Thursday, November 20, 2014
soliloquies on sin, part II: to work in the place where sin lies
This is, undoubtedly, inevitable; because the whole point of understanding sin is understanding how one ought to behave inwardly, and, let's face it, who spends any time thinking about one's inward behavior? That kind of contemplation seems old-fashioned, the kind of thing one runs into in books written by Victorians.
I'm reminded of using a microscope. The microscope ought to be turned inwards; my eyes should be placed gently up against the eyepiece, and I ought to carefully turn the focus until I can see the very small things it's my aim to examine. It's this intimacy, this willingness to attend to the physical inner details of Being — which can, quite frankly, be an intensely physical and excruciating experience — that leads to an understanding of inner behavior. The first thing I understand is that I don't understand.
This inner life, ruled by complexities of chemistry which I experience as physiology and psychology, is under the rule of planetary and solar law. The outward laws of society and humanity are tiny, minor afterthoughts that have no real bearing on my Being, any more than the moves up and down in the stock market affect the grackles that feed at my bird feeder. It is these inward laws, which are certainly beyond my reach, but not beyond my sensation, which I need to come into alignment with and know. They are the laws that actually govern my Being; and if I don't understand them, when I encounter outward law, I will have no center of gravity from which to digest it or understand its relationship to Being. I need to begin there, with this question of inward behavior — and that inward behavior is defined by wordless activities that have to be sensed and felt, not circumscribed by descriptions.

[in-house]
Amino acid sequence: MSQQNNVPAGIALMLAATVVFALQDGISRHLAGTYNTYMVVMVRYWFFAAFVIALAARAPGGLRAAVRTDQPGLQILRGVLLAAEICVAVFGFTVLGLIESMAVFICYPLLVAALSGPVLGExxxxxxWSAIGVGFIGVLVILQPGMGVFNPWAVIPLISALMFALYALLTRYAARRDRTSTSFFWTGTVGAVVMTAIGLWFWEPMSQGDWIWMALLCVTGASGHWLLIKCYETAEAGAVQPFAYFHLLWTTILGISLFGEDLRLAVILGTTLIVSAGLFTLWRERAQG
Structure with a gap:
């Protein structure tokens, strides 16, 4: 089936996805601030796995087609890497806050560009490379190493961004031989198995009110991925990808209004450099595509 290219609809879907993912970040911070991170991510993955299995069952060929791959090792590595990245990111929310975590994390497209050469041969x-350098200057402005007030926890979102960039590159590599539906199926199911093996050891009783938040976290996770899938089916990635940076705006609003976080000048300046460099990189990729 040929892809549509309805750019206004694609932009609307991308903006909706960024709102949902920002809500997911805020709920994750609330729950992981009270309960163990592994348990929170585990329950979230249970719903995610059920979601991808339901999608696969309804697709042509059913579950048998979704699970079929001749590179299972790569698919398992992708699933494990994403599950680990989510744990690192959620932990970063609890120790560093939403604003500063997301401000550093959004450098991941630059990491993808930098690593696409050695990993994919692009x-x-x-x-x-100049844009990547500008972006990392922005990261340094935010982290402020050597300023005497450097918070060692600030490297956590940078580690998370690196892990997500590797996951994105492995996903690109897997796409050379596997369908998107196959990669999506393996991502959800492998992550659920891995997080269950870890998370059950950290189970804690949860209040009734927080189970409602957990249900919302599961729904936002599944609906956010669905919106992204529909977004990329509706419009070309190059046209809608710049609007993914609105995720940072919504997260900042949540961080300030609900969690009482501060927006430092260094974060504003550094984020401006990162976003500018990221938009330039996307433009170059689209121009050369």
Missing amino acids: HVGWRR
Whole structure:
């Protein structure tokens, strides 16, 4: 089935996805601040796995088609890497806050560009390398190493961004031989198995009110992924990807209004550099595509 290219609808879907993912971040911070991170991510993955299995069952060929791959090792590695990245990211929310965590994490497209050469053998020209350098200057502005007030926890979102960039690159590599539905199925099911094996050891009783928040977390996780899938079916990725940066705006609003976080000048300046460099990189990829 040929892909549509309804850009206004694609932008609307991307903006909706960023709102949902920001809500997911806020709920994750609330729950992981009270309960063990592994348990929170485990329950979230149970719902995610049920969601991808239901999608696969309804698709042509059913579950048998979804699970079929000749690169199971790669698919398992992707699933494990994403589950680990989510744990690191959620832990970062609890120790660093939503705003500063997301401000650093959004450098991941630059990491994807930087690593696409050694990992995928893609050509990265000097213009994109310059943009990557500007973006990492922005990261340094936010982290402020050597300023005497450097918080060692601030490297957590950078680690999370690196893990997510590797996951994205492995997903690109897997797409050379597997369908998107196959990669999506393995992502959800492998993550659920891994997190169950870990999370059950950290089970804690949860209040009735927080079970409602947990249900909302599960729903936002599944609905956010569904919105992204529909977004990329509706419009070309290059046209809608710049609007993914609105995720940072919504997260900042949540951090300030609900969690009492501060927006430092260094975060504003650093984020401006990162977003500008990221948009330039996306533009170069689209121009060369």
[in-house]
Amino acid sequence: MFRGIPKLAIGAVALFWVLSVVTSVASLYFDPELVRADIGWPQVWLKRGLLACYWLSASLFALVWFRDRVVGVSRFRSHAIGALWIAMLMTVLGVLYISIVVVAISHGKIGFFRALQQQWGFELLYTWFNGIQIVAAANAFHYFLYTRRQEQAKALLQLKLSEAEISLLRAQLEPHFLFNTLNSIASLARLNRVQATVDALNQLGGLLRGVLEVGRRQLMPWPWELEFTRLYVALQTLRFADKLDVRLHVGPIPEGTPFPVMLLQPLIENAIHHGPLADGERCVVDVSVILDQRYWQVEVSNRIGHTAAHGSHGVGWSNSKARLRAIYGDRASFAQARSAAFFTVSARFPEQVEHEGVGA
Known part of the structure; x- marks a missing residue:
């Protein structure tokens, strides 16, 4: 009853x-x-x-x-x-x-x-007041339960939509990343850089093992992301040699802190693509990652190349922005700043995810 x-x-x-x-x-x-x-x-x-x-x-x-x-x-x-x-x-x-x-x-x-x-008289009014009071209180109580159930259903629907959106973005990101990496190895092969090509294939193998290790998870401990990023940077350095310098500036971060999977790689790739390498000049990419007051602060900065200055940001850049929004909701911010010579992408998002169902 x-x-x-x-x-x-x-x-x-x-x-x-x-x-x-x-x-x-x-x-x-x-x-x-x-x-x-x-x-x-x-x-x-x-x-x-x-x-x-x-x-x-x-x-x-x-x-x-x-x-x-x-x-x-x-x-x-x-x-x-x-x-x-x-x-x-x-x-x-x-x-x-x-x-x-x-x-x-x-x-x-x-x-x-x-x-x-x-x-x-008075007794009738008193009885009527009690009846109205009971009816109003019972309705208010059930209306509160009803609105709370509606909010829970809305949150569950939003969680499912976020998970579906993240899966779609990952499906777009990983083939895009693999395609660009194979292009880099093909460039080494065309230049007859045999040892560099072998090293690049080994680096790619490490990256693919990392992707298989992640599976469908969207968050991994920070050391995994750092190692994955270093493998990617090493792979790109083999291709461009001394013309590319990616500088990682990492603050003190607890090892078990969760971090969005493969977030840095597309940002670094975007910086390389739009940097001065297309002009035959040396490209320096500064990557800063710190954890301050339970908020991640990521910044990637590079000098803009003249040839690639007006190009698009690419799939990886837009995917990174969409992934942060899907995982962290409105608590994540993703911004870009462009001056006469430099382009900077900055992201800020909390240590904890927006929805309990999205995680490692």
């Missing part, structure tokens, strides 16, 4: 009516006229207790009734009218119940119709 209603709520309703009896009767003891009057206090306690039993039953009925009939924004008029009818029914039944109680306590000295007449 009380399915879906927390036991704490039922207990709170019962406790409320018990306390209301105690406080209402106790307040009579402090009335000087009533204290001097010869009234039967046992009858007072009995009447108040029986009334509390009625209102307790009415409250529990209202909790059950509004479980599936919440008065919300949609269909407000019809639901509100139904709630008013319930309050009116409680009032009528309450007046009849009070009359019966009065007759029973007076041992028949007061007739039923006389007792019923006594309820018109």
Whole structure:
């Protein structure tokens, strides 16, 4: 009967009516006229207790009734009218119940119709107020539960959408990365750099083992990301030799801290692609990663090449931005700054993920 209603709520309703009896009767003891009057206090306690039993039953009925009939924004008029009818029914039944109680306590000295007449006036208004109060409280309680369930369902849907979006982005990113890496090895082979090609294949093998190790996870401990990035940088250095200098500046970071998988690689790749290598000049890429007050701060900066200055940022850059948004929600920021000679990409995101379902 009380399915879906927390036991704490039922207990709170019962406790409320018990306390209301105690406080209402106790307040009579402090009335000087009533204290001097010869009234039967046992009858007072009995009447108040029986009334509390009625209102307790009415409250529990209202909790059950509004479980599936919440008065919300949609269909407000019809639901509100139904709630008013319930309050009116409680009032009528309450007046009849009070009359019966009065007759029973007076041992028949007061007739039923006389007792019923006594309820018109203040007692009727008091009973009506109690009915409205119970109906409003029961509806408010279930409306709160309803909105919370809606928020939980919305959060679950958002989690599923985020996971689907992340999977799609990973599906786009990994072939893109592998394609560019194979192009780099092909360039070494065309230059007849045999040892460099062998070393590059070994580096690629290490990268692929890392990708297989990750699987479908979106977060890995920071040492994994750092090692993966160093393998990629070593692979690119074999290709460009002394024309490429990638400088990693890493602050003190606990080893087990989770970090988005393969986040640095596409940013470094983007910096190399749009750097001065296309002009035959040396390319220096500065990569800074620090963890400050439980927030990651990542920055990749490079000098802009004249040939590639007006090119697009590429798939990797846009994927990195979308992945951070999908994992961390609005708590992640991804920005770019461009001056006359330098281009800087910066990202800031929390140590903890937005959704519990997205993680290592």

This particular question, that of circumscribing the inner life by description, seems interesting to me. Some folks I know insist on doing this all the time; there is somehow a belief that sin comes from the mind, that there is a rationale behind it that can be understood. I don't think sin is like this at all; it lies deep within the organism, it is organic, like so many other processes, and unless I try to understand it from this point of view, I don't understand much of anything.
If sin is an idea or thought, I can make it whatever I want it to be; if it is organic, it is what it is before I get to it, and I need to know it quite differently than with the mind.
This once again brings me to the idea of getting very close to my sin, of becoming intimate with it; and that doesn't mean that I succumb, rather, that I work there, in the place where sin lies.